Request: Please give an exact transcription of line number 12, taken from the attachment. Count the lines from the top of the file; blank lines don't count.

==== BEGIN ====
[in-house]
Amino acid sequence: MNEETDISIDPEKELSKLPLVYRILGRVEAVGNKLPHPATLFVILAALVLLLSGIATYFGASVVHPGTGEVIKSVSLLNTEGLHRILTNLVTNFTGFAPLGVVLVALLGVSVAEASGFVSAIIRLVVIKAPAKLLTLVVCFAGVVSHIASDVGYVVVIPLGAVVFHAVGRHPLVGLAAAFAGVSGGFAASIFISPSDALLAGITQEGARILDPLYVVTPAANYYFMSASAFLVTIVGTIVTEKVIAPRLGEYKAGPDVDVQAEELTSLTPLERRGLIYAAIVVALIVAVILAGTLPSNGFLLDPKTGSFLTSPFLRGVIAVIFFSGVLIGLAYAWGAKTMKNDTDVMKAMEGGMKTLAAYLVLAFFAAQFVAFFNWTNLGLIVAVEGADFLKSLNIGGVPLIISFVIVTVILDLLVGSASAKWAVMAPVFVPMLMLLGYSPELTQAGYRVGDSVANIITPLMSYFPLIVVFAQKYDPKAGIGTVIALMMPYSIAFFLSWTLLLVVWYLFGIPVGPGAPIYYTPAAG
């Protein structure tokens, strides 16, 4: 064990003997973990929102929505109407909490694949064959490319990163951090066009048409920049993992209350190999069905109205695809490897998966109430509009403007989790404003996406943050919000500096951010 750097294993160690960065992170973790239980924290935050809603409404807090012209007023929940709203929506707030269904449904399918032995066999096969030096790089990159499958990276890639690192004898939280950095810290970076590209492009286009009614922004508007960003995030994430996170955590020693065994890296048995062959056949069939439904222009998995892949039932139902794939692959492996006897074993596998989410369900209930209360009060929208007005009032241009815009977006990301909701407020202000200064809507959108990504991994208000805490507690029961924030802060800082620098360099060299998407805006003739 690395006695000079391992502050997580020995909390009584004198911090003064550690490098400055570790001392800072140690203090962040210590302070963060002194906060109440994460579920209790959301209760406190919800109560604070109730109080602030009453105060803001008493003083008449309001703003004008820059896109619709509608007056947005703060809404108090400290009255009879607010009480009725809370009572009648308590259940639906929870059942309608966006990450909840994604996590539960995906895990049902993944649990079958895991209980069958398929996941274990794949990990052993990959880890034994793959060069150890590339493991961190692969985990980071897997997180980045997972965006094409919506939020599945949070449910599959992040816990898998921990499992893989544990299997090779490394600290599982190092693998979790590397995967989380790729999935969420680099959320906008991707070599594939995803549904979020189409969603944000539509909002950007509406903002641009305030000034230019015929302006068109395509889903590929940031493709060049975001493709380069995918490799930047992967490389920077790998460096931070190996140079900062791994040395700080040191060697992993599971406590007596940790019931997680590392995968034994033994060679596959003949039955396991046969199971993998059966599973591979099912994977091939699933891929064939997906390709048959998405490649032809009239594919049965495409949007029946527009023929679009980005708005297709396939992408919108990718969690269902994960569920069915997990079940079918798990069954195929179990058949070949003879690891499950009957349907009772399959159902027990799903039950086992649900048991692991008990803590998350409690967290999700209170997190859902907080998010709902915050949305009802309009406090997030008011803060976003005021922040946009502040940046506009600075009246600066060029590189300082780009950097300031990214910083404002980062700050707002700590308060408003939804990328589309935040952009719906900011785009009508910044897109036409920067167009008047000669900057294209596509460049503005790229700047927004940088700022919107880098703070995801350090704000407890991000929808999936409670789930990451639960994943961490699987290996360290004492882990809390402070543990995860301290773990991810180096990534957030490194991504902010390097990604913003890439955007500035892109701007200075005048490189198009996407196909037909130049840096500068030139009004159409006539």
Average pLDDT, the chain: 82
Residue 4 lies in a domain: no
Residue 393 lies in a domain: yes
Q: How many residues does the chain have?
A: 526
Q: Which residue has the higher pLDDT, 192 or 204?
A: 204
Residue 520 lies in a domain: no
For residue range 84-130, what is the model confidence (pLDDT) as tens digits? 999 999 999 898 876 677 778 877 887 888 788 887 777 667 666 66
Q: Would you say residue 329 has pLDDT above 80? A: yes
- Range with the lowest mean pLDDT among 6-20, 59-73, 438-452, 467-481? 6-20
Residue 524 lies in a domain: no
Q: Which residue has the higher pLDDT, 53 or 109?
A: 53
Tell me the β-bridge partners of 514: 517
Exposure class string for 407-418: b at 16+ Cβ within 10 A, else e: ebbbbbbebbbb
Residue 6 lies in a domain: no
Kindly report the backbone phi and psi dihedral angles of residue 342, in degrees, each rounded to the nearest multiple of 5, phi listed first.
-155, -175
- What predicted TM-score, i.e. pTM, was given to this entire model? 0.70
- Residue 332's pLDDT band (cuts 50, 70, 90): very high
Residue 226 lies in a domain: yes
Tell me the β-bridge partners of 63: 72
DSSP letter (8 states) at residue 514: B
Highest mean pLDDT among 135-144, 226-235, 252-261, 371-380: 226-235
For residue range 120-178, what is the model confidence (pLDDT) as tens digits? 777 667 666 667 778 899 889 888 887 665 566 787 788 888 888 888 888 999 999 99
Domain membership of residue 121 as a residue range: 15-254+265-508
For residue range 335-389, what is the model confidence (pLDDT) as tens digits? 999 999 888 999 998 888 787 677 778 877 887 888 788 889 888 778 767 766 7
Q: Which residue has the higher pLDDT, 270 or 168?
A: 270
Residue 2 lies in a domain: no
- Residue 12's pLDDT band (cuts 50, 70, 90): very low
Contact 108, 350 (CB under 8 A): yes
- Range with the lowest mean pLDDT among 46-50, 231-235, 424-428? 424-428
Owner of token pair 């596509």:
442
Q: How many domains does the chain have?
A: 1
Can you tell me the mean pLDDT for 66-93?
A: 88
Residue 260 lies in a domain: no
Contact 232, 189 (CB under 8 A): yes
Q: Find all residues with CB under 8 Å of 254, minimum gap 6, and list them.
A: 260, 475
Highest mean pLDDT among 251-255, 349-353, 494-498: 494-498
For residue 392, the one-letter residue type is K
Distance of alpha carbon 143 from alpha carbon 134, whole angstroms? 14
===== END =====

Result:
For residue range 84-130, what is the model confidence (pLDDT) as tens digits? 999 999 999 898 876 677 778 877 887 888 788 887 777 667 666 66